My Son isn’t a movie I expected, which is always a good one to find! I saw that it had James McAvoy and Claire Foy, so I figured it would be amazing – and it was wonderfully well acted and filmed! The cinematography was brilliant and atmospheric, everything very grim and misty. It felt in equal parts a drama, mystery, suspense, thriller and action. But like, each moment felt distinct in and of itself, too, if that makes sense. The movie would turn a corner with one genre and slid into the next. I really appreciated that. I will say there are some parts I’m still a little unclear on, however. I feel like the movie was just starting when it ended, but overall it was still a very powerful film and I do recommend giving it a watch.
This review is going to contain some spoilers, so heads up. The storyline follows the main character, Edmond, who works abroad in the ‘oil fields’. It’s not really specified what he does, but he explains that he’s had trouble at work because of how dangerous it is and the confrontations he’s been in. The central plot focuses on Edmond returning to Britain after a long time away at work after his son goes missing from camp. His ex-wife Joan meets him and relays how difficult things have been during his long absences away. From the start, Edmond suspects Joan’s boyfriend of having a part in his son’s disappearance.
And seriously, I don’t blame him. This is one plot line that still bugs me because it wasn’t resolved by the end. But, basically, Edmond realises that Frank, the boyfriend, has been putting together plans to build a house for him, Joan and missing Ethan. Only there’s no bedroom for Ethan in the plans. Which he gleefully shows Edmond, whose son is missing. Why is he showing him these plans? Why is he so excited about this at this moment in time? He was such an unsettling character and, somewhat predictably, Edmond loses his mind. He assumes Frank’s done something wrong, and beats him up before calling the police. Upon arrival, the police arrest Edmond, but he isn’t charged as Frank doesn’t press charges. The whole scene feels like a pivotal plot point, like it’s going to be addressed later, and yet I don’t feel like it’s really addressed later at all? The plot moves on to focus on new suspects and we never really get a clear reasoning as to why Frank had these building plans and why he has absolutely no ability to read the room when Edmond was in tears over his son. Like, what is wrong with Frank?? Why don’t we get a clear answer on this? I want this part explained!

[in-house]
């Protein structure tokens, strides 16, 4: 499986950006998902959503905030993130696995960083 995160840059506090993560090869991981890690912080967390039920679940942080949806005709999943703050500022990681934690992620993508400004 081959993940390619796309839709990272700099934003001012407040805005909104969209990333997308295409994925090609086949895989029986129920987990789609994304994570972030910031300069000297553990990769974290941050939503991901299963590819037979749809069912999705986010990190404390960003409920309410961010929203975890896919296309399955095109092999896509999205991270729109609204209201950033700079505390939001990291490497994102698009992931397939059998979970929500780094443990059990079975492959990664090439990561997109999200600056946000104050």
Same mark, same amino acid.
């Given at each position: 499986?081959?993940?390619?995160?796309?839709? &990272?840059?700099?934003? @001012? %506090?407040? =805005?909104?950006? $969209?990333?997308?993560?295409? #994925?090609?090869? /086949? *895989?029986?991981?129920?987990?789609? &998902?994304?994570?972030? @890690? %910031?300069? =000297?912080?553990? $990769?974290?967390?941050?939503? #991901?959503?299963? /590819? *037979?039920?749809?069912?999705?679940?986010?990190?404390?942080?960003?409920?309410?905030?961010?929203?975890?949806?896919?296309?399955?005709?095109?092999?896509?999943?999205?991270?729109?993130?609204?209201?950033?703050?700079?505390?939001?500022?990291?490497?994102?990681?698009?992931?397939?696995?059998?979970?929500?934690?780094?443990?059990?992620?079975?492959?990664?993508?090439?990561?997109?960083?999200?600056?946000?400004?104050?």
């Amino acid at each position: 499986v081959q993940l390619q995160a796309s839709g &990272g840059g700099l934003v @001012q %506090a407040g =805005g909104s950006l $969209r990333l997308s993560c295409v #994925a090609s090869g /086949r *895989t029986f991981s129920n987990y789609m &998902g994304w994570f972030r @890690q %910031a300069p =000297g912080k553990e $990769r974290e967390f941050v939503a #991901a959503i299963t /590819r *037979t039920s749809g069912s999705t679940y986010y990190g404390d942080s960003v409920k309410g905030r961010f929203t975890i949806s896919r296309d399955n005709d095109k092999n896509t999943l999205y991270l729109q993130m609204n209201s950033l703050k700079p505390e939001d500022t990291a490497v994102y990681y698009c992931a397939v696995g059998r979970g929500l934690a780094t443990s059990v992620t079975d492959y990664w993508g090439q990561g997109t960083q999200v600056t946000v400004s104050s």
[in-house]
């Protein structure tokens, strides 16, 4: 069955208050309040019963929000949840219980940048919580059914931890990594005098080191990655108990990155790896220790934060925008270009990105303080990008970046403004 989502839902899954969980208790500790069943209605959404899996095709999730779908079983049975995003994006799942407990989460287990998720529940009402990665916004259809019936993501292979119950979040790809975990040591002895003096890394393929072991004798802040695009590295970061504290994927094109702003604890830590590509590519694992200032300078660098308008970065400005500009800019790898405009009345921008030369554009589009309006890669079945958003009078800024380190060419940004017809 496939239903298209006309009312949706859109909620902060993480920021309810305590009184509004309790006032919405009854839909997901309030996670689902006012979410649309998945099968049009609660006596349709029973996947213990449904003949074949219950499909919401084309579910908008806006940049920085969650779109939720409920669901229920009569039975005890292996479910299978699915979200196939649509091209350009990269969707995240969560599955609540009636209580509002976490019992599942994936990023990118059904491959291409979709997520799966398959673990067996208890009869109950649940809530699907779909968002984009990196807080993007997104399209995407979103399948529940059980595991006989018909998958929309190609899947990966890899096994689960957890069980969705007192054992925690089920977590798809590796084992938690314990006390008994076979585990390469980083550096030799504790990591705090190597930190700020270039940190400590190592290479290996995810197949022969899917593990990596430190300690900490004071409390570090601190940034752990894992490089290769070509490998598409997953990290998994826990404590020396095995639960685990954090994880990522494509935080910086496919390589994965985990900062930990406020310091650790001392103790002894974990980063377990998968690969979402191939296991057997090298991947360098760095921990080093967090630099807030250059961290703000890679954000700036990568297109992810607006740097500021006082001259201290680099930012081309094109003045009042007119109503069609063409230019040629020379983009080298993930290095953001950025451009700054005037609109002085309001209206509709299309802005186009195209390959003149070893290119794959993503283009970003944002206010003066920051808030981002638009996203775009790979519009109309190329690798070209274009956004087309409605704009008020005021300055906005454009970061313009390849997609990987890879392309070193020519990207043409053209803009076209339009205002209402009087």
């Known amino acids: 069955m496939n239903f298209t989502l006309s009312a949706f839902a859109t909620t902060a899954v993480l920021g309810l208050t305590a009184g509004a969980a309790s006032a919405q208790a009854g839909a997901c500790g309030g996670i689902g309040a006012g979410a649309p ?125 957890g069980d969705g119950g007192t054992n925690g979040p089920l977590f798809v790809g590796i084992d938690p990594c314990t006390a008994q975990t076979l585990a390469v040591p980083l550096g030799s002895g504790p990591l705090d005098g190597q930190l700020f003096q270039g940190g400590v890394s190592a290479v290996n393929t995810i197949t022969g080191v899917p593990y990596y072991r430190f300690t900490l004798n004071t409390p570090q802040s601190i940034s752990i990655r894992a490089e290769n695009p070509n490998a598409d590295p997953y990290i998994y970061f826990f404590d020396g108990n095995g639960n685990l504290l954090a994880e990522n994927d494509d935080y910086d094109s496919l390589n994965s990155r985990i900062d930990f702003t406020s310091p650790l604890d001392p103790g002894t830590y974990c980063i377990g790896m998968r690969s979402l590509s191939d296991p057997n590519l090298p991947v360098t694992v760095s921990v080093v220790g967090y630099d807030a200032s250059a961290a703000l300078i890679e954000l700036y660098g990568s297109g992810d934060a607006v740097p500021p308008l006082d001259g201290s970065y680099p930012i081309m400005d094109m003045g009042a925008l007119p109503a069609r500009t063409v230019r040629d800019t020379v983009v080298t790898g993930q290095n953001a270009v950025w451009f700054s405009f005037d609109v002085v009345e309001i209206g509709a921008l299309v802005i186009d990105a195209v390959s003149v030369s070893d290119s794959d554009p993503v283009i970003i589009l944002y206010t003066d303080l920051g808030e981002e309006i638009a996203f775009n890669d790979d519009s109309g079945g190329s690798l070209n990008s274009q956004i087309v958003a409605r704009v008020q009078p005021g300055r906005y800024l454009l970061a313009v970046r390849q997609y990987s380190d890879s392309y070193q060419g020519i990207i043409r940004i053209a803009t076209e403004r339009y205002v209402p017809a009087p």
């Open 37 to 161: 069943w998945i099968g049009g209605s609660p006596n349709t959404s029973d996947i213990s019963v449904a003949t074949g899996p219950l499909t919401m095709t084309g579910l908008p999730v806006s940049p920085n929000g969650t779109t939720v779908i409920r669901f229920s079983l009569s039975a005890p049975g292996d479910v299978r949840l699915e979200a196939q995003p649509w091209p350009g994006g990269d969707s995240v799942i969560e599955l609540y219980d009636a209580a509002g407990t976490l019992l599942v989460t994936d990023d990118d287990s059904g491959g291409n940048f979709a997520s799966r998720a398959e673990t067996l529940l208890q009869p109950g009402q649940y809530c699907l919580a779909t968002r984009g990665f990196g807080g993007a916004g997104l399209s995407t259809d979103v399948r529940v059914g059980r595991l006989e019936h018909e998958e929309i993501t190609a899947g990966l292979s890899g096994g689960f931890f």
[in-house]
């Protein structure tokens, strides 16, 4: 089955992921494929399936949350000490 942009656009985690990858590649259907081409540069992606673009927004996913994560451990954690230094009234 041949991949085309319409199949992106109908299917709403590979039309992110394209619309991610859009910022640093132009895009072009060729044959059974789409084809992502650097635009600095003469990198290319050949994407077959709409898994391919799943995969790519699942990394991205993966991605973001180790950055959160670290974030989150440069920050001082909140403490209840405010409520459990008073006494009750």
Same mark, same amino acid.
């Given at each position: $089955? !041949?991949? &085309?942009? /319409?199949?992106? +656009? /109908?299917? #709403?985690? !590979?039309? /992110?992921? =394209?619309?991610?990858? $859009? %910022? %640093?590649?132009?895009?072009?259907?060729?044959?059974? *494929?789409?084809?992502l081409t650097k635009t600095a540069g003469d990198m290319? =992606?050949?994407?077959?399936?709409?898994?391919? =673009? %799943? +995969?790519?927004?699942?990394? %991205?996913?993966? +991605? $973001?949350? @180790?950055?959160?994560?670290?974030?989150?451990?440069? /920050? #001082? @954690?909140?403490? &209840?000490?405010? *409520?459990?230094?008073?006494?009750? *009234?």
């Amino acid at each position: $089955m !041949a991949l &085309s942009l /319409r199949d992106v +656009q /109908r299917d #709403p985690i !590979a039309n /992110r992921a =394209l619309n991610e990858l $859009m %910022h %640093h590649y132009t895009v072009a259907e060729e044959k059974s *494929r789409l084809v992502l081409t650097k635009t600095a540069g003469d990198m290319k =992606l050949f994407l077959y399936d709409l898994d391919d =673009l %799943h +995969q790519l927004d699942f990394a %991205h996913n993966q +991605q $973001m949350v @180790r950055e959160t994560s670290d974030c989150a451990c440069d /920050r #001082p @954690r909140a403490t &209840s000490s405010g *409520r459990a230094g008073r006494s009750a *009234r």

Edmond is then told by the leading investigator that the case has been dropped and the local police aren’t allowed to work on it anymore. He leaves, telling Edmond he’s on his own. Again, this part I don’t feel like is fully explained by the end, either. The case goes to London, but then what? We know Edmond continues investigating on his own locally, but why was the case transferred? Why don’t we find out about why they didn’t want the local authorities looking into the case? Why is Ethan’s case hushed up – he’s a missing child? I can’t see that happening! The whole town was in on the search and then it just stops. It builds up like there’s going to be more of a conspiracy, but like Frank and the building plans, it doesn’t really get addressed again.
After this hint from the investigator, Edmond uses Frank’s phone and find videos of Ethan in the weeks before his disappearance and happens upon two videos that feature the same car. He convinces Joan to use her brother’s connections to figure out where the car is registered and goes out to the countryside to find a creepy, derelict farm. He discerns quickly that the man there is involved in his son’s disappearance and, rather brutally, gets a location from him. He then goes to find Ethan while Joan tries to catch up with him.
The film does have a generally satisfying conclusion, but it’s also got an open ending and feels a bit abrupt, in my opinion. Like, I feel like there still needs to be another forty-five minutes of film to wrap up the creepy vibes Frank was giving off during that confrontation, to explain what was happening with the case and the investigator, and to wrap up what becomes of Edmond, Joan and Ethan in the end. It’s a wonderfully well acted film, and James McAvoy is as brilliant as always, like seriously heart-breaking in this one. I loved the cinematography and the atmosphere and felt like the film was building and building and building, but then it ended quite quickly, and I wish there was more explanation given. So, overall it was a decent watch and I would recommend it for sure, I just felt like it had a lot of loose threads by the end.